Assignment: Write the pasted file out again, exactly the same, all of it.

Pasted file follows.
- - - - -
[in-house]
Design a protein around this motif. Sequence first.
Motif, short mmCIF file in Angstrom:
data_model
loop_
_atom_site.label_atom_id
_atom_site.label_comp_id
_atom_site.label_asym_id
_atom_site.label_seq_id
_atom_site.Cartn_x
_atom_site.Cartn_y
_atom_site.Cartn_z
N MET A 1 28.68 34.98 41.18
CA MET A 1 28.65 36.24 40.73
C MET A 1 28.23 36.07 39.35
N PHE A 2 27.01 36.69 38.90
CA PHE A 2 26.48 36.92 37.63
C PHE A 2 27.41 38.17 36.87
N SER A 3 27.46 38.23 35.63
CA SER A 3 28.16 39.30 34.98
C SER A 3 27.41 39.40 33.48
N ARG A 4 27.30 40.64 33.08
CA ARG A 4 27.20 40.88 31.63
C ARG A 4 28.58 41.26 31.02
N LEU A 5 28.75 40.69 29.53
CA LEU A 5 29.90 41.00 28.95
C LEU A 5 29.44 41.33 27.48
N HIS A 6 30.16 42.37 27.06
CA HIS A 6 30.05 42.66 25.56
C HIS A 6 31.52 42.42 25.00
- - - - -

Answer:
[in-house]
Design a protein around this motif. Sequence first.
Motif, short mmCIF file in Angstrom:
data_model
loop_
_atom_site.label_atom_id
_atom_site.label_comp_id
_atom_site.label_asym_id
_atom_site.label_seq_id
_atom_site.Cartn_x
_atom_site.Cartn_y
_atom_site.Cartn_z
N MET A 1 28.68 34.98 41.18
CA MET A 1 28.65 36.24 40.73
C MET A 1 28.23 36.07 39.35
N PHE A 2 27.01 36.69 38.90
CA PHE A 2 26.48 36.92 37.63
C PHE A 2 27.41 38.17 36.87
N SER A 3 27.46 38.23 35.63
CA SER A 3 28.16 39.30 34.98
C SER A 3 27.41 39.40 33.48
N ARG A 4 27.30 40.64 33.08
CA ARG A 4 27.20 40.88 31.63
C ARG A 4 28.58 41.26 31.02
N LEU A 5 28.75 40.69 29.53
CA LEU A 5 29.90 41.00 28.95
C LEU A 5 29.44 41.33 27.48
N HIS A 6 30.16 42.37 27.06
CA HIS A 6 30.05 42.66 25.56
C HIS A 6 31.52 42.42 25.00